Getting The Most Out Of Time Machine

OK So last post we talked about some back up strategies. Basically different strategies for different work flows with the value of your time and data being the biggest factors. 

I’ve been using Time Machine on my laptop for awhile. It’s easy to set up and forget about it. I wanted Time Machine to backup my documents and media files on my internal drive. But Time Machine’s default setting backup the entire drive. I think restoring your entire drive from a Time Machine backup takes up a lot of time and I don’t know if I trust the way it would reinstall my applications. Instead I’ve only used Time Machine to restore lost files and when doing a clean install I brought over my user files and preferences. 

So how can we get more out of Time Machine? 

1. Limit what gets backed up. Time Machine is a data hog. Because of my classes at http://www.fxphd.com I’m down loading several gigs of data each week. Plus podcasts and other video files I create and put a temp version on the desktop. Guess what it all gets backed up to my Time Machine drive. Here’s how: 

  • Open Time Machine Preferences
  • Click on Options. This window lists everything not to backup. If you have other drives by default they should be listed here
  • Start excluding folders and drives you don’t want backed up by clicking on the + button. For me, on my MBP I excluded: Applications, Developer, Digidesign, Library and System. Under my Users folder I excluded the Shared folder. Doing this excluded about 65 GB of data from being backed up. Data that for me I can reinstall if/ when something goes bad.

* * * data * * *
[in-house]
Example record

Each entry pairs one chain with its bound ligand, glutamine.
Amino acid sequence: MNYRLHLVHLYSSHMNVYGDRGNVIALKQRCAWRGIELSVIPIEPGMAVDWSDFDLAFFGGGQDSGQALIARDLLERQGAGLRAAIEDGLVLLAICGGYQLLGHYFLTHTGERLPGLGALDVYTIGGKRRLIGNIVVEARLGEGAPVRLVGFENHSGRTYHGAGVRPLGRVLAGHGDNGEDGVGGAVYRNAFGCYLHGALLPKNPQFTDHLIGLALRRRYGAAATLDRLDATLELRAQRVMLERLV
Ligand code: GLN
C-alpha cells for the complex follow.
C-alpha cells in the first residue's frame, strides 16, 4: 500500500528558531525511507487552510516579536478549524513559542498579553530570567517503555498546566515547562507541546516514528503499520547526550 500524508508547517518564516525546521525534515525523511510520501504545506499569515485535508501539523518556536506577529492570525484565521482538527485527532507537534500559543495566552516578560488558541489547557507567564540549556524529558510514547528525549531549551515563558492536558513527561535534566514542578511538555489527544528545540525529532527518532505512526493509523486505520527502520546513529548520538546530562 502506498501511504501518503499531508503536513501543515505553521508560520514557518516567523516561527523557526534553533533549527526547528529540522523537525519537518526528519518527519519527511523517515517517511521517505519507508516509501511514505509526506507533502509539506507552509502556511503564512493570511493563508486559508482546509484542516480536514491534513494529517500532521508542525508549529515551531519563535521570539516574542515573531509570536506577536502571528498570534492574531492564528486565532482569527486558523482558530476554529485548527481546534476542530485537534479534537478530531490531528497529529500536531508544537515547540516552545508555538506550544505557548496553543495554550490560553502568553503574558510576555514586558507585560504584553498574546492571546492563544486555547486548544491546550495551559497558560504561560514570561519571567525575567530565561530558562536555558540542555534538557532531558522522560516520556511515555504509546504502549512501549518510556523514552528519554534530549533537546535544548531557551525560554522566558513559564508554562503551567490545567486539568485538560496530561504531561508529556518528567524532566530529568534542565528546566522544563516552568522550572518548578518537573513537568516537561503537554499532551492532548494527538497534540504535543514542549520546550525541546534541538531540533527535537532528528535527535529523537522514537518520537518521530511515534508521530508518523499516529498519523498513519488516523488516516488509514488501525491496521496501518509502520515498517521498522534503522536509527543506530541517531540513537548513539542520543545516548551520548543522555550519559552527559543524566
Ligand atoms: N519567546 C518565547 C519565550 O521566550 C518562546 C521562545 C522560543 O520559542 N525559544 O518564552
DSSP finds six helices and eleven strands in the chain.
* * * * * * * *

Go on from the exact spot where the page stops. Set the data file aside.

• I don’t keep my personal pictures of my kids and home movies on my internal drive. I use an external drive for that. You can use Time Machine to backup external drives to your Time Machine disk as well. So that’s what I did. I removed that drive from the excluded list and now I’m getting incremental backups of my pictures and home movies. 

2. Control when Time Machine backs up. Time Machine’s options are limited. If you don’t like the default setting of backing up every hour you can change it by manually adjusting a system preference file with a text editor or using Time Machine Editor. This little application allows you to change the backup schedule to your liking. Since it is adjusting a system preference file if you delete this application remember to reset your default setting from setting/ show default settings. 

That’s a quick look into how I’m using Time Machine and my other backup strategies yesterday.

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February 12, 2009. Tech Stuff.

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